Virginia frat's 'demeaning' display highlights crux of college assault culture
The Old Dominion University chapter of the Sigma Nu fraternity has been suspended pending an investigation into several derogatory banners welcoming freshman girls on move-in day at the Virginia university.
Dropping a child off a college for the first time is a bittersweet moment for parents – and students. For families arriving at Old Dominion University in Virginia this past weekend, that moment was tinged with an additional layer of discomfort thanks to a trio of lewd banners draped from the balcony of a fraternity house welcoming freshman women to campus.
The university chapter of Sigma Nu has since been suspended by the fraternity’s national organization, pending an investigation, for the “derogatory and demeaning language used on the banners.”
“Such language has no place in our Fraternity or within any caring community, such as that of ODU,” Brad Beacham, executive director of Sigma Nu, said in a statement announcing the suspension on Monday. “Any Fraternity member found to be responsible for this reprehensible display will be held accountable by the Fraternity.”
The suggestive banners, which were displayed at a private home housing several Sigma Nu members, read “Rowdy and fun! Hope your baby girl is ready for a good time,” “Freshman daughter drop-off,” and “Go ahead and drop mom off too.”
Mr. Beacham said that he had initially believed the display to be the work of individuals outside the fraternity but that new evidence had emerged on Monday suggesting that “some chapter members may have had involvement with the banners.”
The university condemned the banners in several statements since the weekend.
“At ODU, we foster a community of respect and dignity and these messages sickened us,” said ODU spokeswoman Giovanna Genard in a statement provided to local NewsChannel 3.
On Saturday, the university Facebook page featured a statement from Ellen Neufeldt, ODU’s vice president of student engagement and enrollment services:
“Messages like the ones displayed [Friday] by a few students on the balcony of their private residence are not and will not be tolerated. The moment University staff became aware of these banners, they worked to have them removed," Ms. Neufeld said. "Ours is a community that works actively to promote bystander intervention and takes a stand denouncing violence against women.”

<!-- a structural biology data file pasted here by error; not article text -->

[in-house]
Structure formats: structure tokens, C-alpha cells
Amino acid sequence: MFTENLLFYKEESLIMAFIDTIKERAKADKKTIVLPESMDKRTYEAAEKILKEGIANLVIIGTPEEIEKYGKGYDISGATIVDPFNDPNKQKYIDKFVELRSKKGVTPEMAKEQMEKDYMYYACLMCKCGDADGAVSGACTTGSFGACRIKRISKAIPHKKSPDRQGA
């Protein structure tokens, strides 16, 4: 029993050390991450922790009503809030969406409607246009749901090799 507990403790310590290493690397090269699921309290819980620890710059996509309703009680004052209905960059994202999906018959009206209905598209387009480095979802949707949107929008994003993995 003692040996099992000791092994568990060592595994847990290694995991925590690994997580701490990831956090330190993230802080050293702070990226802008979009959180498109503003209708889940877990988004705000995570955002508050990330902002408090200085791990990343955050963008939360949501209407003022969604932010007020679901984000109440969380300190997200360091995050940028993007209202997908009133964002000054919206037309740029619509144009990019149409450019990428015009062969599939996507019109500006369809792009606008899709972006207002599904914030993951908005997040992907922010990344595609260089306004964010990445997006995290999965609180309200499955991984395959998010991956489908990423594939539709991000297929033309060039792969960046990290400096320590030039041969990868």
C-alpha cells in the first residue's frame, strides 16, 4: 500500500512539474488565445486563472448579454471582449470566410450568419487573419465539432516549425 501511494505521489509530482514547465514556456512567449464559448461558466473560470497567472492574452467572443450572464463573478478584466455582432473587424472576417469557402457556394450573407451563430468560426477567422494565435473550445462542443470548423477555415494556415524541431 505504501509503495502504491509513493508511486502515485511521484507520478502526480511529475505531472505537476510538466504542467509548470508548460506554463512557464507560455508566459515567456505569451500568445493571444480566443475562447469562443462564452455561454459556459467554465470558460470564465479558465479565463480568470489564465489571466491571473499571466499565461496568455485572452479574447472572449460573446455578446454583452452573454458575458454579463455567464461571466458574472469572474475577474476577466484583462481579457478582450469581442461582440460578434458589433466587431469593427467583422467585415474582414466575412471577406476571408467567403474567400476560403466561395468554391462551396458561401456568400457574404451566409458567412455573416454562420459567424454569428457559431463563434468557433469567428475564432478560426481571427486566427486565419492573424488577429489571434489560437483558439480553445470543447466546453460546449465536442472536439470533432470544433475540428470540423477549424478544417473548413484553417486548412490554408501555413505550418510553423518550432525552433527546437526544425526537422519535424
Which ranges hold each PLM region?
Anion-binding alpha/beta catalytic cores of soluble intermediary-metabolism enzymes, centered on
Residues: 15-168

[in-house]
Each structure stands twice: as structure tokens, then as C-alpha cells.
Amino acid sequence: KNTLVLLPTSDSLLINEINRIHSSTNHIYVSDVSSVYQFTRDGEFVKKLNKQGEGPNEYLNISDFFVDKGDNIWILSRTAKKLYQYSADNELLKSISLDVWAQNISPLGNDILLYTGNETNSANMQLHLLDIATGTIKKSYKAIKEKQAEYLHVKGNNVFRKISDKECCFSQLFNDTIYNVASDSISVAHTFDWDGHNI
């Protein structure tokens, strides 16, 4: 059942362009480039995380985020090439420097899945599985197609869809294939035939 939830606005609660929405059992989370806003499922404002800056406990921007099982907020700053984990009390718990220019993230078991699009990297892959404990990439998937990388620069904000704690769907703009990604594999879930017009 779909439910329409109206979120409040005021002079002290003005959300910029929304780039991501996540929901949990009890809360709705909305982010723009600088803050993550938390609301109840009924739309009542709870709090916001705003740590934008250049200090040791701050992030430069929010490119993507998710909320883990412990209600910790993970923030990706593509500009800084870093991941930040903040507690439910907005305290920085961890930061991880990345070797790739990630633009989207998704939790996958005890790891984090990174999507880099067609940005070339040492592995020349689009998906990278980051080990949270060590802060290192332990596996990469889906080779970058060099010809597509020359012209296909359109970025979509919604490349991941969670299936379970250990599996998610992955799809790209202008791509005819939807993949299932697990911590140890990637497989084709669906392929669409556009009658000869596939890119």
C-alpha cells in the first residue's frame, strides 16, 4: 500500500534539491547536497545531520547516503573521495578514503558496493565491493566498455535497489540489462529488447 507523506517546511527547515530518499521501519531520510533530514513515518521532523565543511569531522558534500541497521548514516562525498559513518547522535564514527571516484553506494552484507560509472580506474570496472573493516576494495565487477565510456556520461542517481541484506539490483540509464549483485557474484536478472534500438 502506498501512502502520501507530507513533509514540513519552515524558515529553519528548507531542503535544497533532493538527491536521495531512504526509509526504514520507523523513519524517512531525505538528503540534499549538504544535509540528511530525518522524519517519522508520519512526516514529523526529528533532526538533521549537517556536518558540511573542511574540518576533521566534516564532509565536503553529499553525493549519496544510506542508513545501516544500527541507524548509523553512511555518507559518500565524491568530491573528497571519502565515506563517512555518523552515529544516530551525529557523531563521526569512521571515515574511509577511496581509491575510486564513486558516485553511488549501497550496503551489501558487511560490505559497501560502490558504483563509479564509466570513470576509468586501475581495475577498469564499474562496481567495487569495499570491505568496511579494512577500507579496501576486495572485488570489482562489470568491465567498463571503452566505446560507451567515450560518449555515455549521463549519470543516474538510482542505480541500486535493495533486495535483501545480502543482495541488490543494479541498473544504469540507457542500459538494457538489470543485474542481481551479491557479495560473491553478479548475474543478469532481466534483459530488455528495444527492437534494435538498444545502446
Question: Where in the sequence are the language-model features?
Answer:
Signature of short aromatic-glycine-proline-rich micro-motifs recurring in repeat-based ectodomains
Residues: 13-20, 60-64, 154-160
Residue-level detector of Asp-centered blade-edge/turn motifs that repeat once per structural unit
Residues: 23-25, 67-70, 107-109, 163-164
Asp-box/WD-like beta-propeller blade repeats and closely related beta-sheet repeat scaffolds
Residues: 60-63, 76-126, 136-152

The incident comes at a time when colleges, universities, and student organizations across the country are trying to get a handle on the large number of incidents of rape and date rape on campus.
Nationally, 1 in 5 women experience some form of sexual assault while on campus, according to a 2007 Justice Department report. That study found that freshman and sophomores are at the greatest risk of sexual assault. A subsequent DOJ report released in 2014 found a much lower rate of incidence – just 6.1 cases per 1,000 individuals. However, there have been other studies that have found rates of occurrence similar to to the 1 in 5 statistic.
A more recent study conducted by researchers at Brown University in Providence, R.I., and released in May, found that nearly 19 percent of women attending one school in the Northeast had experienced rape or attempted rape at some point during their freshman and sophomore year. That data suggested that such incidents are most prevalent during the first semester of freshman year, as The Christian Science Monitor’s Stacy Teicher Khadaroo reported.
Both the DOJ and the Brown data suggest that alcohol plays a large role in campus assaults, a fact that makes the placement banners at a frat house – typically known for wild, alcohol-fueled parties – even more unsettling. Addressing that particular aspect of college culture has been difficult for university administrators. Many parties take place off-campus in private housing, such as the ODU’s Sigma Nu fraternity.
Some colleges and student organizations have launched education programs designed to educate young women about how to avoid ending up incapacitated in a vulnerable situation, but some critics say such efforts essentially blame the victim.
“Being incapacitated as the result of alcohol and drugs can never be a good thing, but it’s not a license to be assaulted,” Kate Carey, lead author of the Brown study and a professor of behavioral and social sciences at Brown University's School of Public Health, told the Monitor.
The "It's On Us" campaign, spearheaded by President Obama and voiced by prominent celebrities, challenges bystanders to intervene on behalf of anyone who appears to be at risk of being victimized. Students at Old Dominion worked with the White House on that campaign have made their own "It's On Us" video, according to the university's Women's Center website.
[Editor's note: This report has been updated to clarify the scope of the Brown University study.]